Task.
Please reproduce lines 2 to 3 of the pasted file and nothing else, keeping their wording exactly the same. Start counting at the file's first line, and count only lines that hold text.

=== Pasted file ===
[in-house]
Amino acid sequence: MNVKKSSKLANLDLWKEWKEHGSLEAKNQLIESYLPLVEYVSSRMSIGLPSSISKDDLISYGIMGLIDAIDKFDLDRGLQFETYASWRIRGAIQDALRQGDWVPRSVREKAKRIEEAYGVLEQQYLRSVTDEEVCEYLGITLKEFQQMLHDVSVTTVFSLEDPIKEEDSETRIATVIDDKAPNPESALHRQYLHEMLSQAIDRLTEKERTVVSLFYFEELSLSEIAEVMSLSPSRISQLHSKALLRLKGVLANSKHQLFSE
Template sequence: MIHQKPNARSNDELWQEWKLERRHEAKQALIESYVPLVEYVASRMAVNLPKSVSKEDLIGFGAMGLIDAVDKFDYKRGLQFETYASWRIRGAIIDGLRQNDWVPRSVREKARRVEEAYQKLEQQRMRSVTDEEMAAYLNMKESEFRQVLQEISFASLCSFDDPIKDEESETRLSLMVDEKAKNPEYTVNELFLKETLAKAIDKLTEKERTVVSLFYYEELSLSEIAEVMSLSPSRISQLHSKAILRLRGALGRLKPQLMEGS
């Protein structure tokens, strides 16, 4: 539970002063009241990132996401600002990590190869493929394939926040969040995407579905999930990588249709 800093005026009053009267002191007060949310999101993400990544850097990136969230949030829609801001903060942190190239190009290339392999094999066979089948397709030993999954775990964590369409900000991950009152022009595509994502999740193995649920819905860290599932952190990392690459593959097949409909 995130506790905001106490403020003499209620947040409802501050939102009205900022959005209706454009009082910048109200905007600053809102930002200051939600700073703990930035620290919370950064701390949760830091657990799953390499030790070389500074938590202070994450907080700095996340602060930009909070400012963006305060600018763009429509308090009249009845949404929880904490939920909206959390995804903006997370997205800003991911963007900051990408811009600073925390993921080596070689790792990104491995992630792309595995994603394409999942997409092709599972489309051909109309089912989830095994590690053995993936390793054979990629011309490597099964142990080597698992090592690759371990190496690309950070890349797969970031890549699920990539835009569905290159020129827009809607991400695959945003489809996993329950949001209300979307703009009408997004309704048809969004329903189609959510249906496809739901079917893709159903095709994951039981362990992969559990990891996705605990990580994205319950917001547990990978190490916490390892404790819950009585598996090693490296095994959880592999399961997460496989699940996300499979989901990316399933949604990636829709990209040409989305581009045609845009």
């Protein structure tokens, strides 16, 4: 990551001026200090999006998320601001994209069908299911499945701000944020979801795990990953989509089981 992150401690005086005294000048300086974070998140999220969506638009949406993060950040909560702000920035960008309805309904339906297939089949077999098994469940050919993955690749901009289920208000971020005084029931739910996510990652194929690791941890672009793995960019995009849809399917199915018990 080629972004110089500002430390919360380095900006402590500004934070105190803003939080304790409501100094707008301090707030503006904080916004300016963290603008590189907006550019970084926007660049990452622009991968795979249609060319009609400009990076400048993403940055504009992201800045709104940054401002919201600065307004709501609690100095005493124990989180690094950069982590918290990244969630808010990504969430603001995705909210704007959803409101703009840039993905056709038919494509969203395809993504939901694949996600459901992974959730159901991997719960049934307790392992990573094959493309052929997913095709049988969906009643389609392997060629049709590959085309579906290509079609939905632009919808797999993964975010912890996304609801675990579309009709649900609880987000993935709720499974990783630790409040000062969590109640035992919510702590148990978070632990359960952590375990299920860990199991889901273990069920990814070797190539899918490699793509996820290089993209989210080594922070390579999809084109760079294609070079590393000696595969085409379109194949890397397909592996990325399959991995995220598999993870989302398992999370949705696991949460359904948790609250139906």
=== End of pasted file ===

Amino acid sequence: MNVKKSSKLANLDLWKEWKEHGSLEAKNQLIESYLPLVEYVSSRMSIGLPSSISKDDLISYGIMGLIDAIDKFDLDRGLQFETYASWRIRGAIQDALRQGDWVPRSVREKAKRIEEAYGVLEQQYLRSVTDEEVCEYLGITLKEFQQMLHDVSVTTVFSLEDPIKEEDSETRIATVIDDKAPNPESALHRQYLHEMLSQAIDRLTEKERTVVSLFYFEELSLSEIAEVMSLSPSRISQLHSKALLRLKGVLANSKHQLFSE
Template sequence: MIHQKPNARSNDELWQEWKLERRHEAKQALIESYVPLVEYVASRMAVNLPKSVSKEDLIGFGAMGLIDAVDKFDYKRGLQFETYASWRIRGAIIDGLRQNDWVPRSVREKARRVEEAYQKLEQQRMRSVTDEEMAAYLNMKESEFRQVLQEISFASLCSFDDPIKDEESETRLSLMVDEKAKNPEYTVNELFLKETLAKAIDKLTEKERTVVSLFYYEELSLSEIAEVMSLSPSRISQLHSKAILRLRGALGRLKPQLMEGS